Biodiv Sci ›› 2016, Vol. 24 ›› Issue (3): 321-331.DOI: 10.17520/biods.2015315

• Orginal Article • Previous Articles     Next Articles

Influencing factors of the nested distribution of butterfly assemblages in the Zhoushan Archipelago, China

Xuemei Zhang1, Xufang Han1, Liwei Liu2, Aichun Xu1,*()   

  1. 1 College of Life Sciences, China Jiliang University, Hangzhou 310018
    2 Zhejiang Museum of Natural History, Hangzhou 310012
  • Received:2015-11-13 Accepted:2016-01-10 Online:2016-03-20 Published:2016-04-05
  • Contact: Xu Aichun

Abstract:

In natural ecosystem, species assemblages in fragmented habitats frequently exhibit a nested subset pattern. Although nestedness has been documented for a wide range of taxa, it is rarely tested in butterfly assemblages in oceanic archipelago ecosystems. We surveyed the butterfly occupancy and abundance on 28 islands using a line-transect method in the Zhoushan Archipelago, China from July to August 2013. We determined island geographical factors (area, isolation) based on the literature and obtained species life-history traits (area requirement, wingspan and body weight) in the laboratory. The recently developed metric WNODF was used to examine the nestedness. Partial Spearman rank correlation was used to evaluate the associations of nestedness and island geographical factors as well as life-history traits related to species extinction and immigration tendencies. We found that the community composition of butterflies in the Zhoushan Archipelago was significantly nested. Island area and species’ area requirements were significantly correlated with nestedness after synthesis for all independent variables. In contrast, according to the null-model random test, nestedness of butterflies might not result from passive sampling or selective colonization. Our results indicate that selective extinction is the main driver of nestedness of butterflies in our system. From a conservation perspective, we suggest that large islands and species with large area requirements should be paid more attention in order to maximize the total number of species preserved.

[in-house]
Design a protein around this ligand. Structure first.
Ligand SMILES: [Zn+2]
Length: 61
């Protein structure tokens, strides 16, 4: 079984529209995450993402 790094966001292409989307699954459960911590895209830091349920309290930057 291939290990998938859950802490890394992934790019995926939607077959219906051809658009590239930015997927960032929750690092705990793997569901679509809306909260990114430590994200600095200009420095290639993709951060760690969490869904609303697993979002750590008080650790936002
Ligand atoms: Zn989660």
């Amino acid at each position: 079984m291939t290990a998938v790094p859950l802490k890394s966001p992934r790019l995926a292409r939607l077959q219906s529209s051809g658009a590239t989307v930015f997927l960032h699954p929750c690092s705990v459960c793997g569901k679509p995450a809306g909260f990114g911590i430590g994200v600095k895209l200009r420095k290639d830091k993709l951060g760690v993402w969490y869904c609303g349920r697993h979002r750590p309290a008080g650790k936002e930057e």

Key words: habitat fragmentation, nestedness, selective extinction, butterfly, Zhoushan Archipelago